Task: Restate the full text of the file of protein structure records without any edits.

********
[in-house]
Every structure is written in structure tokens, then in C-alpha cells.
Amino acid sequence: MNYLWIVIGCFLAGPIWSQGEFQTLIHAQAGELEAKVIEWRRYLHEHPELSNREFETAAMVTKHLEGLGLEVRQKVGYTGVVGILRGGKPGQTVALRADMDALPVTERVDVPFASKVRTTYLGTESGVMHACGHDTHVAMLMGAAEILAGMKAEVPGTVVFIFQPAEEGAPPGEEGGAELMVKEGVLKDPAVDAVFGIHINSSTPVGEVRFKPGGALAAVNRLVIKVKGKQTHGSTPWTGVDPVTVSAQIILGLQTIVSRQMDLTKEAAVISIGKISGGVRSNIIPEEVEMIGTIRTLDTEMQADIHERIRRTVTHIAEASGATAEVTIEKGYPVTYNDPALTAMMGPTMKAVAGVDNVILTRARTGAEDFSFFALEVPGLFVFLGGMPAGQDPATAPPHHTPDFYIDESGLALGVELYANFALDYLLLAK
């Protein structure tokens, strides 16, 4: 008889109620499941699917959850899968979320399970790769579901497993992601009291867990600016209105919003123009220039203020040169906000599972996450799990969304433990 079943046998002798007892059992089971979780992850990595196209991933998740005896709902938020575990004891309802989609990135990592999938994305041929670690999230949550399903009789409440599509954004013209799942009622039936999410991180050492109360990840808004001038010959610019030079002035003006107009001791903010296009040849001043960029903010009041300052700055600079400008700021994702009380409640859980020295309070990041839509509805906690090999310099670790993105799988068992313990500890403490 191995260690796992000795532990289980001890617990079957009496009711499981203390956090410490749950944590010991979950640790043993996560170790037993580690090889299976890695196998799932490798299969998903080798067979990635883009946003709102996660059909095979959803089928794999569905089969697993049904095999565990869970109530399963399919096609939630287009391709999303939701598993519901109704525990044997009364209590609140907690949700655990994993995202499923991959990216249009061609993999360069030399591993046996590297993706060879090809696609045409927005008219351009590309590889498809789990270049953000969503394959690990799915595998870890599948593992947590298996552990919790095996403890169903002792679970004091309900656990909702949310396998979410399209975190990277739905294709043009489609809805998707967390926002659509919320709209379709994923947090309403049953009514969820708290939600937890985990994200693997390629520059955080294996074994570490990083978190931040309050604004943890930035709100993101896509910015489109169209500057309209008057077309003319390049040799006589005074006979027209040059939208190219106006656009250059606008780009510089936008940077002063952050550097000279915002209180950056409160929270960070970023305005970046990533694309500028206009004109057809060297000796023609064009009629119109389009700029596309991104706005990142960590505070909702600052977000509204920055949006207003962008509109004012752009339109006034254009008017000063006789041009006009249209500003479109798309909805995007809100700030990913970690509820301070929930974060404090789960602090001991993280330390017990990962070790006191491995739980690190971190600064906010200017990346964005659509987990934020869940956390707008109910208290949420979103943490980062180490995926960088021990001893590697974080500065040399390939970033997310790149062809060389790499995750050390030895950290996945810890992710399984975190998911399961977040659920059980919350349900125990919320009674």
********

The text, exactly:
[in-house]
Every structure is written in structure tokens, then in C-alpha cells.
Amino acid sequence: MNYLWIVIGCFLAGPIWSQGEFQTLIHAQAGELEAKVIEWRRYLHEHPELSNREFETAAMVTKHLEGLGLEVRQKVGYTGVVGILRGGKPGQTVALRADMDALPVTERVDVPFASKVRTTYLGTESGVMHACGHDTHVAMLMGAAEILAGMKAEVPGTVVFIFQPAEEGAPPGEEGGAELMVKEGVLKDPAVDAVFGIHINSSTPVGEVRFKPGGALAAVNRLVIKVKGKQTHGSTPWTGVDPVTVSAQIILGLQTIVSRQMDLTKEAAVISIGKISGGVRSNIIPEEVEMIGTIRTLDTEMQADIHERIRRTVTHIAEASGATAEVTIEKGYPVTYNDPALTAMMGPTMKAVAGVDNVILTRARTGAEDFSFFALEVPGLFVFLGGMPAGQDPATAPPHHTPDFYIDESGLALGVELYANFALDYLLLAK
């Protein structure tokens, strides 16, 4: 008889109620499941699917959850899968979320399970790769579901497993992601009291867990600016209105919003123009220039203020040169906000599972996450799990969304433990 079943046998002798007892059992089971979780992850990595196209991933998740005896709902938020575990004891309802989609990135990592999938994305041929670690999230949550399903009789409440599509954004013209799942009622039936999410991180050492109360990840808004001038010959610019030079002035003006107009001791903010296009040849001043960029903010009041300052700055600079400008700021994702009380409640859980020295309070990041839509509805906690090999310099670790993105799988068992313990500890403490 191995260690796992000795532990289980001890617990079957009496009711499981203390956090410490749950944590010991979950640790043993996560170790037993580690090889299976890695196998799932490798299969998903080798067979990635883009946003709102996660059909095979959803089928794999569905089969697993049904095999565990869970109530399963399919096609939630287009391709999303939701598993519901109704525990044997009364209590609140907690949700655990994993995202499923991959990216249009061609993999360069030399591993046996590297993706060879090809696609045409927005008219351009590309590889498809789990270049953000969503394959690990799915595998870890599948593992947590298996552990919790095996403890169903002792679970004091309900656990909702949310396998979410399209975190990277739905294709043009489609809805998707967390926002659509919320709209379709994923947090309403049953009514969820708290939600937890985990994200693997390629520059955080294996074994570490990083978190931040309050604004943890930035709100993101896509910015489109169209500057309209008057077309003319390049040799006589005074006979027209040059939208190219106006656009250059606008780009510089936008940077002063952050550097000279915002209180950056409160929270960070970023305005970046990533694309500028206009004109057809060297000796023609064009009629119109389009700029596309991104706005990142960590505070909702600052977000509204920055949006207003962008509109004012752009339109006034254009008017000063006789041009006009249209500003479109798309909805995007809100700030990913970690509820301070929930974060404090789960602090001991993280330390017990990962070790006191491995739980690190971190600064906010200017990346964005659509987990934020869940956390707008109910208290949420979103943490980062180490995926960088021990001893590697974080500065040399390939970033997310790149062809060389790499995750050390030895950290996945810890992710399984975190998911399961977040659920059980919350349900125990919320009674």